- Announcing: War Stories
- Steve’s War Story: It’s All Going To Burn
- Tamara’s War Story: What the Hell? Don’t you knock?
- Tell Us Your War Story
- Vanessa’s War Story: DDoSed in Vegas
- Dan’s War Story: Focus, no matter what!
- Priya’s War Story: Taking empathy to a whole new level
- Tom’s War Story: Go with the flow
- Mary Ann’s War Story: Be Prepared
- Leo’s War Story: No, We Really Meant the User
- Nicolas’ War Story: Do you want me to act?
- Diane’s War Story: Interrupted Interview
- Kelly’s War Story: Pictures are language independent
- Susan’s War Story: The trust dance
- Gavin’s War Story: It’s 4:00 a.m., Do You Know Where Your Ethnographer Is?
- Dan’s War Story: Shanghai Surprise
- Fumiko’s War Story: Goodbye cruel world
- Greg’s War Story: Taking notes, getting detained (sort of)
- Jon’s War Story: Beware of Trap Doors
- George’s War Story: Skyfall (or A View to A Kill)
- Lisa’s War Story: When Rapport Goes Too Far
- Sean’s War Story: Pockets full of cash
- Francoise’s War Story: Black glances cast our way
- Brandon’s War Story – CATastrophe
- Greg’s War Story: Biting off more than I can chew
- Michael’s War Story: The glass is more than half full
- Raffaella’s War Story: Learning to deal with expectations
- Greg’s War Story: Culture shock
- Elaine’s War Story: I thought my client was going to die
- Dennis’s War Story: Negotiating between sympathy and empathy
- Debbie’s War Story: Sometimes Ignorance is Bliss
- Carla’s War Story: A dirty diaper sitting in the mud
- Apala’s War Story: Whose side is the researcher on?
- Jaimes and Aico’s War Story: Sumimasen!
- Elysa’s War Story: Keep The Swiffer On Your Right
- Sharon’s War Story: Broken Windows Theory
- David’s War Story: Footloose
- David’s War Story: Suit yourselves
- Prasad’s War Story: Skin in the game
- Daria’s War Story: Human Thresholds
- Jen’s War Story: Trust your gut, it can save your life!
- Ryan’s War Story: Enthusiasticus Interruptus
- Valerie’s War Story: Rank order
- Rachel’s War Story: Subject Matter May Be Inappropriate
- Cordy’s War Story: A Crisis of Credibility
- Marta’s War Story: On confronting judgement
- Whitney’s War Story: Stories of War
- Kavita’s War Story: Managing money, oh joy!
- Ilona’s War Story: First Stop the Bleeding!
- Elaine’s War Story: They call me Mister
- Tom’s War Story: House Rules
- Alicia’s War Story: Don’t hate on a tinkler
Ethnographer Mary Ann Sprague is forced to improvise when one slip changes her plan.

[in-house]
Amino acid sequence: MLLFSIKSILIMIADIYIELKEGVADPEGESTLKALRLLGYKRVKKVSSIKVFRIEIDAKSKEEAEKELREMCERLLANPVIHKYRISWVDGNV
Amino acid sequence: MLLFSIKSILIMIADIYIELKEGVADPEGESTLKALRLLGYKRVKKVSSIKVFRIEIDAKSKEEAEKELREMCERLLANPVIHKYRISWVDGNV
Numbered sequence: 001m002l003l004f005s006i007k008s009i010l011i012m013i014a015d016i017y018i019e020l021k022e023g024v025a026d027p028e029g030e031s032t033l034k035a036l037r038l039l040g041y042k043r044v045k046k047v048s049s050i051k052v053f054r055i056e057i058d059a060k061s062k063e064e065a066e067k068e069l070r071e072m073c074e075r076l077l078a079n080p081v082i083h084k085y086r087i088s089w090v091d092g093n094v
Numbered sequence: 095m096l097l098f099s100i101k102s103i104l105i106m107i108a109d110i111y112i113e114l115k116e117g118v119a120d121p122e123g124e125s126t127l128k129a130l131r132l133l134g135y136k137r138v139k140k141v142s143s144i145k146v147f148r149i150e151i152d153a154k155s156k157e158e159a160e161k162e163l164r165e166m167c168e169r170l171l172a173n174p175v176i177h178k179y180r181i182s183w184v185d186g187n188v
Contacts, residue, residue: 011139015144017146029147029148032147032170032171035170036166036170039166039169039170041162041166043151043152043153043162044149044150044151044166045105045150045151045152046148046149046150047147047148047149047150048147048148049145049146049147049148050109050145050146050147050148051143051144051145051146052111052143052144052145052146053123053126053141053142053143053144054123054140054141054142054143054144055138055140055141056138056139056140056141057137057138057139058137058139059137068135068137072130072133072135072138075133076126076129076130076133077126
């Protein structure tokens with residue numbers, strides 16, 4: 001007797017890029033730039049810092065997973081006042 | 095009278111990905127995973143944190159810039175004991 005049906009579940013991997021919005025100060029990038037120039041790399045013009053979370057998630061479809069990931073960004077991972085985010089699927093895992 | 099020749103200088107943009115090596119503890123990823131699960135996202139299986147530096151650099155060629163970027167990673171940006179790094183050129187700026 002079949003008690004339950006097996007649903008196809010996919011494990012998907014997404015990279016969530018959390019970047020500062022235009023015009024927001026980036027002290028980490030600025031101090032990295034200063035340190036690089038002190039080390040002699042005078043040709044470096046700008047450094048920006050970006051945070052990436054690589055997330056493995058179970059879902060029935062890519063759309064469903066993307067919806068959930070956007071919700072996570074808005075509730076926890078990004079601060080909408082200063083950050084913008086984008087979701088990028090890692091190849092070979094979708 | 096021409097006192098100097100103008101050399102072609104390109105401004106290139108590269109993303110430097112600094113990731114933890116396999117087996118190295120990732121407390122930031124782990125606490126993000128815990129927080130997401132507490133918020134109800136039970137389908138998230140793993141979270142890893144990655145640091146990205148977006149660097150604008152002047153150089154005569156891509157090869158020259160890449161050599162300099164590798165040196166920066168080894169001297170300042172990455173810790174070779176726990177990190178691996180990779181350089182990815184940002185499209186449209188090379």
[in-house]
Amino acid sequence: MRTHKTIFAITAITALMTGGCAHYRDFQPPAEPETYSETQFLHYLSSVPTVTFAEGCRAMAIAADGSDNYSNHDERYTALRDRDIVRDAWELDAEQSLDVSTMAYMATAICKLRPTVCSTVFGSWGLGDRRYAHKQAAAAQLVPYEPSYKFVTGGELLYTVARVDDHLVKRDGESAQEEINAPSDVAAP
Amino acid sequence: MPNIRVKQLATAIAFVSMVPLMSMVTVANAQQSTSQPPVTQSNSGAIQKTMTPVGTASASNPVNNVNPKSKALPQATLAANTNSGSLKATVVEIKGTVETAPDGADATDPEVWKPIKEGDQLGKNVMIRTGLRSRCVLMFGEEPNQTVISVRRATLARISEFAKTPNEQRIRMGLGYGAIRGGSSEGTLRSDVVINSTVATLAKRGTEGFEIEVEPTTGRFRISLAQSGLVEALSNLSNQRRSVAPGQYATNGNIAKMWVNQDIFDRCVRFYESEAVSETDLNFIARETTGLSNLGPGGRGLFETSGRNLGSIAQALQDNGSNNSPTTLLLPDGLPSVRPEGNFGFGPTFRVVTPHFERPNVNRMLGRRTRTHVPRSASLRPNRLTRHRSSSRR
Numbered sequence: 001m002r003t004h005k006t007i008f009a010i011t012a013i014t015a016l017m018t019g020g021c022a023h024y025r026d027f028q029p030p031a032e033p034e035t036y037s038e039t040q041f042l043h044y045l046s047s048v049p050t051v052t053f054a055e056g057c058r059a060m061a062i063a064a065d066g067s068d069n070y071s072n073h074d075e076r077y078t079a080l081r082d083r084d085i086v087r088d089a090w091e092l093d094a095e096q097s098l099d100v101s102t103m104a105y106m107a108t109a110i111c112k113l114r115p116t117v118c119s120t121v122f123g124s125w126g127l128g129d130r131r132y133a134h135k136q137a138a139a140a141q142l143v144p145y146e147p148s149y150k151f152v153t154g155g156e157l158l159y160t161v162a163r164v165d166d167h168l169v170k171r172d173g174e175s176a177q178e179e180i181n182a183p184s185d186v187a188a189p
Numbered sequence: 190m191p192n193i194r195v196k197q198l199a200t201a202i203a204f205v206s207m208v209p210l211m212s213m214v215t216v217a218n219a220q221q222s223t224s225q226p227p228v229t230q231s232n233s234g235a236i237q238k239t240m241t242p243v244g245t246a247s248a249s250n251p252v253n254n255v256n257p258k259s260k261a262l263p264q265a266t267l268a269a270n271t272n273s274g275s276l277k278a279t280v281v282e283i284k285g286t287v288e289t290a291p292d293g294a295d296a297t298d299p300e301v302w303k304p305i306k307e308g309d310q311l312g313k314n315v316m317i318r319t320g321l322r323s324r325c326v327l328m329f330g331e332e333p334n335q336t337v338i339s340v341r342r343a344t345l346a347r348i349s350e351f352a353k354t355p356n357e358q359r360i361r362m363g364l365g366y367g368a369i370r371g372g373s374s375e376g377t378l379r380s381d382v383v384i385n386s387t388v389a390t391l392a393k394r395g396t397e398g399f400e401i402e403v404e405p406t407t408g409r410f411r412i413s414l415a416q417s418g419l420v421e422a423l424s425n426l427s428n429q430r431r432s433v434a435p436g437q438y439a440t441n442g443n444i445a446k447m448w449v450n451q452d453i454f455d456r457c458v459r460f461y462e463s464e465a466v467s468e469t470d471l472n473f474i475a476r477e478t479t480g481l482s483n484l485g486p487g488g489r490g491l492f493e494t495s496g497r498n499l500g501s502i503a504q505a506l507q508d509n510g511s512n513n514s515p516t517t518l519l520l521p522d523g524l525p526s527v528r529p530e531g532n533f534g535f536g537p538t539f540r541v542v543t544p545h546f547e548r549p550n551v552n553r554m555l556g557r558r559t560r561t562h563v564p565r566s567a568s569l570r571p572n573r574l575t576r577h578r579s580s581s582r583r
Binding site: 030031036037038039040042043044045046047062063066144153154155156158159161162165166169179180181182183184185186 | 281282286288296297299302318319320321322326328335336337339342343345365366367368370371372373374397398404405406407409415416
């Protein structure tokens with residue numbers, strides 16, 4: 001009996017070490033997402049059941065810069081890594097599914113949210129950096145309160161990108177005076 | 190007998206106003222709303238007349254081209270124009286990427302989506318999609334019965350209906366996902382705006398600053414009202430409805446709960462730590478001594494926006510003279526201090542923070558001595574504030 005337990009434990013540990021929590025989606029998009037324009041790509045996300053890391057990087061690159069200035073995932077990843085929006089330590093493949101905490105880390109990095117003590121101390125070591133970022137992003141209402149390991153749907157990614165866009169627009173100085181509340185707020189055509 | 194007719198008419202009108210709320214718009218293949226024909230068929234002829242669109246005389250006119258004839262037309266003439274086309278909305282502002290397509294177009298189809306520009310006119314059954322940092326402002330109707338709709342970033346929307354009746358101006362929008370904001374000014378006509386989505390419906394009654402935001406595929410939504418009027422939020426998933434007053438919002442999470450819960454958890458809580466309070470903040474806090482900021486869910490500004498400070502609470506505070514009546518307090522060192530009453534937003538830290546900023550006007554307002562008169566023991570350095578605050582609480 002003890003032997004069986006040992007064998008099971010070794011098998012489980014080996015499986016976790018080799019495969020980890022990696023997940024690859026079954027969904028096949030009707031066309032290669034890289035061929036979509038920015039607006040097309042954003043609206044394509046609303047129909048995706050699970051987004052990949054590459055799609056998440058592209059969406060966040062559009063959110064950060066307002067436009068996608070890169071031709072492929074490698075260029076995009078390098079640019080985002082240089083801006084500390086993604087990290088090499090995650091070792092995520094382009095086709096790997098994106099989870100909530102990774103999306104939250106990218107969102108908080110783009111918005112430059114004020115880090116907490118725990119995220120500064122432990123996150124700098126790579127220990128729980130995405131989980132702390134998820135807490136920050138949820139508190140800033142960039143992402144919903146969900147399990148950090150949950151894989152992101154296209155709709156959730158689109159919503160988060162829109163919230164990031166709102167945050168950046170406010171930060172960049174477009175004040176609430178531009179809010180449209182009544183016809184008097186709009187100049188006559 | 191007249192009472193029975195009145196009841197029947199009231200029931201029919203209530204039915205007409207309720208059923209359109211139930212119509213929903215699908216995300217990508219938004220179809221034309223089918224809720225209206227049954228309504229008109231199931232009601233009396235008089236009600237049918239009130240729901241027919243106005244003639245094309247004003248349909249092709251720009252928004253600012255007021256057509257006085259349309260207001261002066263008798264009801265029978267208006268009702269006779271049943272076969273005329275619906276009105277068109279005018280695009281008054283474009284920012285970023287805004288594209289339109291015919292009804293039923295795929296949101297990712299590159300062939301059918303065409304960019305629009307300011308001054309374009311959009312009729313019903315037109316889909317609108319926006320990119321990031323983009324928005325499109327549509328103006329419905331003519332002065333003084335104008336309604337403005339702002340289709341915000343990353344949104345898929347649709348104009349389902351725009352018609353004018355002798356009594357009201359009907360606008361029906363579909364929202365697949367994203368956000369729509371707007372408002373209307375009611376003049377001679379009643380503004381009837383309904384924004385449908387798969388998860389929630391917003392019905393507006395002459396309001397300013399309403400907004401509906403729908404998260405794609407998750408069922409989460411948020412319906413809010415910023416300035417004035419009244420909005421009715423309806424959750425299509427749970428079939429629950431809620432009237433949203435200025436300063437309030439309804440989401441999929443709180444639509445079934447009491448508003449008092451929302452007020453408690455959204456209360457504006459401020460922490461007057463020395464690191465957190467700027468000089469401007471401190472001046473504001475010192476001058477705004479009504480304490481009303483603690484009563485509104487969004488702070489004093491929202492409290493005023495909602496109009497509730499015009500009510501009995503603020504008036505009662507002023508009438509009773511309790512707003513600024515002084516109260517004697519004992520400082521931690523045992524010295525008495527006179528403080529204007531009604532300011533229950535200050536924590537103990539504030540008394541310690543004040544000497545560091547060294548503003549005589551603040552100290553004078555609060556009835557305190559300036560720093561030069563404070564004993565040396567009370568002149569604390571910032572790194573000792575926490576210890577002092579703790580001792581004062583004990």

I have always taken great care and a certain amount of pride in always being on time and prepared for field sites and interviews. I thank my mentors for instilling this in me early on. I always made sure I had charged video and audio equipment, discussion guides, contact information, notebooks, extra writing implements, and power cords to carry on despite any possible problems. There have been the occasional failed battery, but I always had a spare, or my coworker had one. It’s never been a serious setback until this spring.
I was meeting my coworker at an elementary school for a teacher interview. Teacher free time is at a premium so I made a point of being on time and prepared to maximize the time we have together. On this occasion I arrived at the school parking lot a few minutes early, so I turned off my car and pulled out my iPhone to check messages. I did a mental check that I had everything in my backpack in the passenger seat. Everything was in order, so I relaxed for a couple minutes.
Just before the meeting time, I put my phone in my pocket, got out of the car, and hit the door lock. I walked around to grab my backpack and the door was locked. No problem I thought, I’ll go back to the driver’s side and unlock it. The driver’s door was locked, and the keys were still in the ignition with my equipment, questions and paper still locked in the car!
I called my husband and he agreed to drive home (luckily it wasn’t too far) to get my spare keys and deliver them (but still a good 40 minute wait). I went into the school to meet my coworker. She had relied on my previous level of preparation and had a notebook, but without the questions or any recording equipment.
Not wanting to reschedule, we met with the teacher. Luckily, the teacher had printed the list of questions I had emailed. I was frustrated because I didn’t want to miss any part of this conversation. The teacher was a wealth of information, but the information came out at warp speed and I worried about being able to keep up.
Thinking about what I had with me, I realized I had my iPhone, so I recorded the entire conversation using the voice messages app and took several pictures, as did my coworker, using our phones. I wrote my notes on the back of the question sheet from the teacher and we had a very interesting discussion. My husband met us in the parking lot just as we left our interview.Later, I was able to retrieve the audio through iTunes and convert it to listen on my PC.
Everything worked out in the end, but it was a shock to my confidence. I have since begun looking at other apps to capture audio on my iPhone so I have a better backup plan for the future, and my coworker now carries audio equipment at least so we are always prepared.